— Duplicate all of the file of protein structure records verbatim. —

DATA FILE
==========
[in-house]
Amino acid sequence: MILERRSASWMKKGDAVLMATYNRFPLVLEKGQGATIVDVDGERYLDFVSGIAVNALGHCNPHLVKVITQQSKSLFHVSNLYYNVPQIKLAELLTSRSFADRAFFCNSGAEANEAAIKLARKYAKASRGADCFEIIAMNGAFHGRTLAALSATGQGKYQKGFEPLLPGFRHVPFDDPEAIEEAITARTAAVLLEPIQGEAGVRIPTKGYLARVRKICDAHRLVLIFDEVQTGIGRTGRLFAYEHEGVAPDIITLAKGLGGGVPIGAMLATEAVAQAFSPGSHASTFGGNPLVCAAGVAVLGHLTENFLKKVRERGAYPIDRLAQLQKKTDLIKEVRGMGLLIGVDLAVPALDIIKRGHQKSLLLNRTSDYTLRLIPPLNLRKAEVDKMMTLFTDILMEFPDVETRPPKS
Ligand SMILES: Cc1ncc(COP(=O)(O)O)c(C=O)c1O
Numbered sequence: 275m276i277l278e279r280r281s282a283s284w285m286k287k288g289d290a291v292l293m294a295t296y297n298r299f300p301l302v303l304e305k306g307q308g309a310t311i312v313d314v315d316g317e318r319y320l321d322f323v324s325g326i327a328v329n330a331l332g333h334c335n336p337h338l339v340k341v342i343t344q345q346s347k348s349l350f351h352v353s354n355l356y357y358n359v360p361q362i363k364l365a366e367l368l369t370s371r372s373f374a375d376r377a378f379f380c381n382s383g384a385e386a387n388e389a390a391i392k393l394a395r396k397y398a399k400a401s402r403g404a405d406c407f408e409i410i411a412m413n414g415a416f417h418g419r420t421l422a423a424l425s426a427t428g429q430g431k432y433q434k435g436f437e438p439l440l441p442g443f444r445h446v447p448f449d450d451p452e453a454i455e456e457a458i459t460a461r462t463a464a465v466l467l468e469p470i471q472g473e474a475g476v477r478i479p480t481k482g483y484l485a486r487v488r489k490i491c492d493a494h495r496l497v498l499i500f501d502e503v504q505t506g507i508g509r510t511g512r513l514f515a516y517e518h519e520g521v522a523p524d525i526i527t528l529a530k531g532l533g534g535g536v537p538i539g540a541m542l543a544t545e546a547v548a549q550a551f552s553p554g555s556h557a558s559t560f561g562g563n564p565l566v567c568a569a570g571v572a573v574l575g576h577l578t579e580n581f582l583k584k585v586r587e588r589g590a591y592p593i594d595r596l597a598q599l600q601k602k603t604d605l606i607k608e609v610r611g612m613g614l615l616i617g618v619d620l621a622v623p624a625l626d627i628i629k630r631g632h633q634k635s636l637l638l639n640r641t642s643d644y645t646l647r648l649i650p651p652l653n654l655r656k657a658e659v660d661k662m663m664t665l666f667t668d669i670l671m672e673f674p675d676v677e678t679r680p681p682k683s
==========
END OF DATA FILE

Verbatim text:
[in-house]
Amino acid sequence: MILERRSASWMKKGDAVLMATYNRFPLVLEKGQGATIVDVDGERYLDFVSGIAVNALGHCNPHLVKVITQQSKSLFHVSNLYYNVPQIKLAELLTSRSFADRAFFCNSGAEANEAAIKLARKYAKASRGADCFEIIAMNGAFHGRTLAALSATGQGKYQKGFEPLLPGFRHVPFDDPEAIEEAITARTAAVLLEPIQGEAGVRIPTKGYLARVRKICDAHRLVLIFDEVQTGIGRTGRLFAYEHEGVAPDIITLAKGLGGGVPIGAMLATEAVAQAFSPGSHASTFGGNPLVCAAGVAVLGHLTENFLKKVRERGAYPIDRLAQLQKKTDLIKEVRGMGLLIGVDLAVPALDIIKRGHQKSLLLNRTSDYTLRLIPPLNLRKAEVDKMMTLFTDILMEFPDVETRPPKS
Ligand SMILES: Cc1ncc(COP(=O)(O)O)c(C=O)c1O
Numbered sequence: 275m276i277l278e279r280r281s282a283s284w285m286k287k288g289d290a291v292l293m294a295t296y297n298r299f300p301l302v303l304e305k306g307q308g309a310t311i312v313d314v315d316g317e318r319y320l321d322f323v324s325g326i327a328v329n330a331l332g333h334c335n336p337h338l339v340k341v342i343t344q345q346s347k348s349l350f351h352v353s354n355l356y357y358n359v360p361q362i363k364l365a366e367l368l369t370s371r372s373f374a375d376r377a378f379f380c381n382s383g384a385e386a387n388e389a390a391i392k393l394a395r396k397y398a399k400a401s402r403g404a405d406c407f408e409i410i411a412m413n414g415a416f417h418g419r420t421l422a423a424l425s426a427t428g429q430g431k432y433q434k435g436f437e438p439l440l441p442g443f444r445h446v447p448f449d450d451p452e453a454i455e456e457a458i459t460a461r462t463a464a465v466l467l468e469p470i471q472g473e474a475g476v477r478i479p480t481k482g483y484l485a486r487v488r489k490i491c492d493a494h495r496l497v498l499i500f501d502e503v504q505t506g507i508g509r510t511g512r513l514f515a516y517e518h519e520g521v522a523p524d525i526i527t528l529a530k531g532l533g534g535g536v537p538i539g540a541m542l543a544t545e546a547v548a549q550a551f552s553p554g555s556h557a558s559t560f561g562g563n564p565l566v567c568a569a570g571v572a573v574l575g576h577l578t579e580n581f582l583k584k585v586r587e588r589g590a591y592p593i594d595r596l597a598q599l600q601k602k603t604d605l606i607k608e609v610r611g612m613g614l615l616i617g618v619d620l621a622v623p624a625l626d627i628i629k630r631g632h633q634k635s636l637l638l639n640r641t642s643d644y645t646l647r648l649i650p651p652l653n654l655r656k657a658e659v660d661k662m663m664t665l666f667t668d669i670l671m672e673f674p675d676v677e678t679r680p681p682k683s